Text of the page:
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I just bought my first turkey today and bought a Jenny-O. the problem I had was that when I first looked at the ingredients I saw that it said wheat flour. So I was mad because that was the only one that was free with a $50 purchase and I couldn't buy it. Then after a few minutes I realized I was reading the ingredients to the gravy packet not the turkey. So make sure you don't get the two confused like me. I felt stupid after I figured out what I had done.

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You'll also see wheat flour on the Butterball label because of the gravy packet. It's very easy to miss the fact that you've started reading the gravy ingredients. I've heard of many people doing this.

Donna, I also used the CSA guide when I first started and it was indeed at least somewhat helpful. I just wish they would catch up with the times and purge old information. Unfortunately, their current president is one of the ones who continued sniping at the labeling law right up until the time it was passed. My support now goes to GIG.

Have a good Thanksgiving.

richard

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Richard,

On a side note, being new to all of this, what is the CSA and GIG?

As for the turkey biz, all I know is the best turkey I've had was from a farmer friend who had free range turkeys, chickens and eggs. Unfortunately, not everyone can take advantage of a local farmer like that. In fact since I've moved I've never run into another subsitute! Alas!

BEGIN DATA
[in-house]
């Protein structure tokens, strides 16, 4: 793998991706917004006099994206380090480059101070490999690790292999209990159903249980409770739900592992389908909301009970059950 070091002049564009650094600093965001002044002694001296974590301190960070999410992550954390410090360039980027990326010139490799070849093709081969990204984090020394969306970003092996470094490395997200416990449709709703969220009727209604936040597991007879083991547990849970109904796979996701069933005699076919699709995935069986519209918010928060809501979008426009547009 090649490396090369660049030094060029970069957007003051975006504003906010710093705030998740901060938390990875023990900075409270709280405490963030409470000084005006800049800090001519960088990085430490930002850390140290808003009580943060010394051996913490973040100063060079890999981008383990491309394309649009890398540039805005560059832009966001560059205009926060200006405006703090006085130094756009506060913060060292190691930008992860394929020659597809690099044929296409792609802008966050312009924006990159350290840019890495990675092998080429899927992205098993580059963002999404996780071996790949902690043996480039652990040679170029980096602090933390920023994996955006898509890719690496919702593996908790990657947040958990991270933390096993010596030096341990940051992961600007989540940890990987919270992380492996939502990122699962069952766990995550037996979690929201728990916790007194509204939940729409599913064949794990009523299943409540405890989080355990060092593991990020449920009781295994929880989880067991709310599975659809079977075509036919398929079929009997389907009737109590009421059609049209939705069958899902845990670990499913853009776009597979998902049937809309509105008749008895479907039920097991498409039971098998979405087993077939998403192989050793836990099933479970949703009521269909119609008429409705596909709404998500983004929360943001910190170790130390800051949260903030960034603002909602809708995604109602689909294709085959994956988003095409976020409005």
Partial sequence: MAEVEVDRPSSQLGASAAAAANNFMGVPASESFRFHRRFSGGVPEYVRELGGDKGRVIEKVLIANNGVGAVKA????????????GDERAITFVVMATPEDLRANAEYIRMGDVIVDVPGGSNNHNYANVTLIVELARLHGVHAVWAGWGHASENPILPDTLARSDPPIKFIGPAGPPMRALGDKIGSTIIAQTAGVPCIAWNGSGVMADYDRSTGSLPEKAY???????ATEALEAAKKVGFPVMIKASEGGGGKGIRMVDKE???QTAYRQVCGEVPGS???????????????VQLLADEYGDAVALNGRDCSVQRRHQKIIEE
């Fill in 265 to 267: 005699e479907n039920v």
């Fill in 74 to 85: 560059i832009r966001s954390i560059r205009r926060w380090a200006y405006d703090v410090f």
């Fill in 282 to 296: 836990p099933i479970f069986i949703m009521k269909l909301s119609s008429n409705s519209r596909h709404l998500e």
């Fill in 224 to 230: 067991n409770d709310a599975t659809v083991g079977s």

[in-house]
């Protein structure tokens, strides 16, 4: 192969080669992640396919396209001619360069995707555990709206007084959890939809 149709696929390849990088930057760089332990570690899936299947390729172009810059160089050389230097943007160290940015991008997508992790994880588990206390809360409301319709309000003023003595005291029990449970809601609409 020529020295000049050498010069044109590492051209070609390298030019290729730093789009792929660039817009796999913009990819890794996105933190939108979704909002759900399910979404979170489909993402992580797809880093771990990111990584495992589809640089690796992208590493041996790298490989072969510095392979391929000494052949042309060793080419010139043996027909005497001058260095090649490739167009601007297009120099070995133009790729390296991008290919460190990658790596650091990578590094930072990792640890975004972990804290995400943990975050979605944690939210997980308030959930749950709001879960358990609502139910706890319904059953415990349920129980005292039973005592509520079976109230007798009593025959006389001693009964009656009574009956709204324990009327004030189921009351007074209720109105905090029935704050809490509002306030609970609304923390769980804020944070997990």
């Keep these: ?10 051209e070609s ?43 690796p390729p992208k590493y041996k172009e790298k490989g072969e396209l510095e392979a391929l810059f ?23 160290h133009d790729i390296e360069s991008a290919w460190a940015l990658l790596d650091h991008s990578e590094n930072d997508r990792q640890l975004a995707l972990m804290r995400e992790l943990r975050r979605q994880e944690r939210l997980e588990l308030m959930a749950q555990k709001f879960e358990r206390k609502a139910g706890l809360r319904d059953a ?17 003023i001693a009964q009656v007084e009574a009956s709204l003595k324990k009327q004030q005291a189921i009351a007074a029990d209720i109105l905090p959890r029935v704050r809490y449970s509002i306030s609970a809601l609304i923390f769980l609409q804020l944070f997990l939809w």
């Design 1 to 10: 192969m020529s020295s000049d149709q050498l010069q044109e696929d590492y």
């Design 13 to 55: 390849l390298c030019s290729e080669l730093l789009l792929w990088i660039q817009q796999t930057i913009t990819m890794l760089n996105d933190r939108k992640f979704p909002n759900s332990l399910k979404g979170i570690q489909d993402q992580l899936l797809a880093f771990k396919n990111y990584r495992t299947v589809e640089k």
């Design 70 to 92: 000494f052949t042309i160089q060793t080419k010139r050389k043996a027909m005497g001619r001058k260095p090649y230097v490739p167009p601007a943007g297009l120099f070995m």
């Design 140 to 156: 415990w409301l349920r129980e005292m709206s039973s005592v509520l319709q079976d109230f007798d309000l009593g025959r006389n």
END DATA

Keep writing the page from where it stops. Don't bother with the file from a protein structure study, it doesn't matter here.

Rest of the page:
Just wanted to wish everyone great luck with their Thanksgiving dinner adventures. As I have no implication on the menu items served at mine, I am sure it will be my lighest Thanksgiving yet! :) (And they don't even do Turkey!!)

Hope you all enjoy yours!!!

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CSA is the Celiac Sprue Association. It's the largest celiac organization in the U.S. They do have some good information and there are many local groups affiliated with them, but they also have some very bad information. It's hard to know what's what, especially when you're just starting out.

GIG is the Gluten Intolerance Group. I like their approach better. And director Cynthia Kupper is the one who put together the Outback gluten-free menu.

richard

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So did we decide that all gluten-containing ingredients would be listed on the ham packages too? I got a little confused after that long discussion!